By Jim Caple
Page 2

Baseball is running a Hometown Heroes promotion in which fans are asked to vote for their favorite player associated with their favorite team. It's an interesting idea but not nearly as interesting as the Page 2 counterpart.

Hometown Bums.

Hometown Heroes … and Bums
Neel: The missing Hometown Heroes
Caple: Hometown Bums are more fun
Page 2: The Hometown Bums ballot
Vote for your favorite Hometown Bums!

You know who we're talking about. The disappointments, stiffs, losers, meatheads, choke artists, bad apples, whiff kings, overpaid oafs and clubhouse cancers who infect your favorite team and ruin season after season. The $15 million-a-year free agents who strike out again and again with the bases loaded and your team down by a run. The $10 million-a-year closers who generate more ulcers than saves. The first basemen who let routine grounders bounce between their legs when your team is this close to winning it all. The general managers who first traded away all the good players and the owners who followed that up by threatening to move the rest of the team to Las Vegas. In short, all the players, managers, fans and owners who should be held personally responsible for the TV screens they made you kick in during moments of anguish.

Some fans will look at our ballot and ask, "Why do you have to be so negative?" The rest of you will look at our ballot and ask, "How come there are only five candidates per team?" and "How come Jose Mesa is listed for only three teams?"

Because there are usually just too many bums to choose from, that's why. Even the Yankees have had so many stiffs that we would tear our collective labrum throwing batteries at them all. And if the team that has played in 39 World Series has too many losers to sort out, what hope do the rest of the teams have?

Consider the Mariners, who have had so many bums they should have renamed the Kingdome Hooverville. We came up with Maury Wills, Richie Zisk, Steve Yeager, Glenn Wilson, Del Crandall, Chuck Cottier, Bill Plummer, Mike Hargrove, Scott Spiezio, Pete O'Brien, Steve Trout, Bob Kearney, Rey Quinones, Heathcliff Slocumb, Al Martin, Woody Woodward, Jeff Smulyan and the Moose without breaking a sweat. Unfortunately, we did break out into hives.

After receiving medical and psychiatric care, we eventually narrowed the Mariners list to these five bums.

Bobby Ayala
Tom Hauck /Getty Images
Mention the name Bobby Ayala to Mariners and you're likely to get a punch in the gut.

Reliever Bobby Ayala. On August 23, 1995, the Mariners were a game under .500, 11 games out of first place and facing yet another ownership threat to move out of town. They won 25 of their remaining 36 games, beat the Angels in a one-game playoff for the division title, then rallied from a two-game deficit in the Division Series with the Yankees when Edgar Martinez drove in nine runs in the final two games. When Edgar doubled home Joey Cora and Ken Griffey Jr. in the bottom of the 11th inning, the resulting celebration would have shaken off the Kingdome's ceiling tiles had they not fallen of their own accord the previous season.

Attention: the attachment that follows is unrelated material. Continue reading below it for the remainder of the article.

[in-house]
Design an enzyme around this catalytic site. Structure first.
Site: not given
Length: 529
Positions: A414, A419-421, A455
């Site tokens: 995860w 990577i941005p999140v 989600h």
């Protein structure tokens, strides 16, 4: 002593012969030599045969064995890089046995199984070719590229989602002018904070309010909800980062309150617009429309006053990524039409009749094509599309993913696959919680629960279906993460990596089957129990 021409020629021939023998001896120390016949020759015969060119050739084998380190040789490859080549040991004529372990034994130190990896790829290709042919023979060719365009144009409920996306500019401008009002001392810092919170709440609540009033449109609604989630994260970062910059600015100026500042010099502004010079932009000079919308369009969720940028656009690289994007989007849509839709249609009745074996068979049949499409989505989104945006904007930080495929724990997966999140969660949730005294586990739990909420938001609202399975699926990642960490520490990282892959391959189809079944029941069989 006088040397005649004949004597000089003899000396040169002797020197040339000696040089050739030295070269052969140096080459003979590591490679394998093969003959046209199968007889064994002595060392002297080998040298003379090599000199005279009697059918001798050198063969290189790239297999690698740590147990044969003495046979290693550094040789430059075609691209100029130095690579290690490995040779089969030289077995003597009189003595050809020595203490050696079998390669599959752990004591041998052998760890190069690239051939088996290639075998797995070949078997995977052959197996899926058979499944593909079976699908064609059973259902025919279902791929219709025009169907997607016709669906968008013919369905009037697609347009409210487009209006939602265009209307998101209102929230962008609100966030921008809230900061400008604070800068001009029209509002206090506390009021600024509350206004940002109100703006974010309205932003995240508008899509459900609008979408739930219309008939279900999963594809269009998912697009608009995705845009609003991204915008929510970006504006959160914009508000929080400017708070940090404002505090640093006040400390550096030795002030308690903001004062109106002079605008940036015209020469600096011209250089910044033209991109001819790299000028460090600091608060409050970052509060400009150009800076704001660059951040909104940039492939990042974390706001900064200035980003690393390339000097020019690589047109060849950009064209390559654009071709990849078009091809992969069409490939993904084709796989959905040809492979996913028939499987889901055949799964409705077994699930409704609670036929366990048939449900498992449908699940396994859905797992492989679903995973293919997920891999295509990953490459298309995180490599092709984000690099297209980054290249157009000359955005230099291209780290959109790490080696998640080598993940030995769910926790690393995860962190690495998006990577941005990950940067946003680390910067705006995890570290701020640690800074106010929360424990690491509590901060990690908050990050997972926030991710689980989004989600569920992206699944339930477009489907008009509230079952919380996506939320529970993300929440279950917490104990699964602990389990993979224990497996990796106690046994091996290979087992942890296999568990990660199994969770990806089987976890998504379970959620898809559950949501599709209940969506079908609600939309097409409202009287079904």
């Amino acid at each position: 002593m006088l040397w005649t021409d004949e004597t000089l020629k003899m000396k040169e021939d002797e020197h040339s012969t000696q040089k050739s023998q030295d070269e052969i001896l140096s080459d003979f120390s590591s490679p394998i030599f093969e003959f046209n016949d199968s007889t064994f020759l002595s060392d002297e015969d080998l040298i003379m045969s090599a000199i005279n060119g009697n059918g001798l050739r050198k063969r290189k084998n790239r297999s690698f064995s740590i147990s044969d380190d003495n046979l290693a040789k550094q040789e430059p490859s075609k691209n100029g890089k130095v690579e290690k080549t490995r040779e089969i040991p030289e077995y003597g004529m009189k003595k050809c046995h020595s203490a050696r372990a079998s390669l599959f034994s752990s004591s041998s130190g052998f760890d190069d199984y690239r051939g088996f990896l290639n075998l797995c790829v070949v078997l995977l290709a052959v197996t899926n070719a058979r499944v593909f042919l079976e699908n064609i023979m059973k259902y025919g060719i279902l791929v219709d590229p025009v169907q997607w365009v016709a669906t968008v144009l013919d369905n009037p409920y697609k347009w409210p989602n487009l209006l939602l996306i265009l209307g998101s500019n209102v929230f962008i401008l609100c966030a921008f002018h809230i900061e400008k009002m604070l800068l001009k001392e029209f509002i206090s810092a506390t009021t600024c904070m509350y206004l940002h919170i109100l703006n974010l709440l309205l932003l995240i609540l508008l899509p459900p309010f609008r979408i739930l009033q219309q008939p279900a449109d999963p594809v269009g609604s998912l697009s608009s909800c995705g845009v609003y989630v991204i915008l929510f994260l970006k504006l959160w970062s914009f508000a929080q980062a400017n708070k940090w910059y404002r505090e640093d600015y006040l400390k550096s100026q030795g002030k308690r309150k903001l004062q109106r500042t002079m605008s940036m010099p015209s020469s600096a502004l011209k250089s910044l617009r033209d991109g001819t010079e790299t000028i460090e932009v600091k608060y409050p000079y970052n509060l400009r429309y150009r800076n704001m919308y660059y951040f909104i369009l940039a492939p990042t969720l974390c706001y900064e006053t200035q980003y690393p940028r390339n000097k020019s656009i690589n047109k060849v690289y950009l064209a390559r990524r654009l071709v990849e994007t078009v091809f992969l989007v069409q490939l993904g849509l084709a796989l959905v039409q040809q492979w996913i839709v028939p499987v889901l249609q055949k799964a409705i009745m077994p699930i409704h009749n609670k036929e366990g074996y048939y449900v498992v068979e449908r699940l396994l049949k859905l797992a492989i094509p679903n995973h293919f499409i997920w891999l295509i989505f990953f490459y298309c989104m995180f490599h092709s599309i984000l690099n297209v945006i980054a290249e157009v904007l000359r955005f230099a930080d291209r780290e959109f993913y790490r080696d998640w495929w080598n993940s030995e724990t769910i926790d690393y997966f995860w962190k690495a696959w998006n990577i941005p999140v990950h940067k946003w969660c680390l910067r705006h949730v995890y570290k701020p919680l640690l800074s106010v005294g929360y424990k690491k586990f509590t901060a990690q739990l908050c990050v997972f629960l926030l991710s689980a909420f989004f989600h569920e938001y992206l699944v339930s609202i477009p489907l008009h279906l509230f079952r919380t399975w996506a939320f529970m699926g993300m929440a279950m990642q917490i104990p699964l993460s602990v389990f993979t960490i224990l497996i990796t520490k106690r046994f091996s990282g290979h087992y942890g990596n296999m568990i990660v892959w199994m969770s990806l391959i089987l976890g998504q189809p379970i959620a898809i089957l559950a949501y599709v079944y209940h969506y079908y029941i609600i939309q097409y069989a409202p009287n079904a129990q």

Of course, a main reason the Mariners vaulted into first place was manager Lou Piniella replacing Ayala as the team's closer with Norm Charlton. Mariners fans got lucky the next year -- Ayala punched his hand through a hotel window and had to go on the disabled list, thereby keeping him off the mound for two months. But the nadir for Mariners came in 1998, when Ayala went 1-10 with 7.29 ERA and more blown saves (9) than saves (8).

Reliever Jose Mesa. At least Ayala had the decency to get hurt.

Third baseman Jim Presley. Edgar hit .353, .329, .363 and .345 at Triple-A Calgary but did that earn him the third base job in Seattle? No, because we had to watch this stiff strike out 150 times a year! Arrggghhh!!

Third baseman Jeff Cirillo. This bum hit .317 and averaged 14 home runs and 87 RBIs the six seasons before the Mariners traded for him. He was supposed to take the Mariners over the top in 2002. Instead, he hit .249 and .205, took home $13 million in salary and started taking anxiety medicine -- pills that should have been prescribed for the fans forced to sit and watch him.

Owner George Argyros. Mariners fans know President Bush's first foreign policy mistake was naming this bum ambassador to Spain. Based on his history as Mariners owner, it's a wonder we're not at war there right now.

Anyway, that's the Mariners Gang of Five. We've got the Names That Must Not Be Spoken for the rest of the major league teams as well, and they're just as ugly. Look over the ballot and you'll see the usual suspects, heavily populated with closers (their tenures with a team almost always end badly) and overpriced free agents. You will also notice that several players make multiple teams (Mesa and Hideki Irabu are three-time bums).

So go ahead and let us know who you think is your Hometown Bum by clicking here. Or, if we left off a deserving stiff, we want to know that as well. Because Page 2 recognizes that in a game in which the measure of success is failing only seven times out of 10, bums often play a bigger role than heroes. Or at least a more frequent role.

And we apologize in advance if reading any of these names makes you break out like Chris Elliott in "There's Something About Mary."

Jim Caple is a senior writer for ESPN.com. You can reach Jim at jimcaple.com. Sound off to Page 2 here.




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HOMETOWN BUMS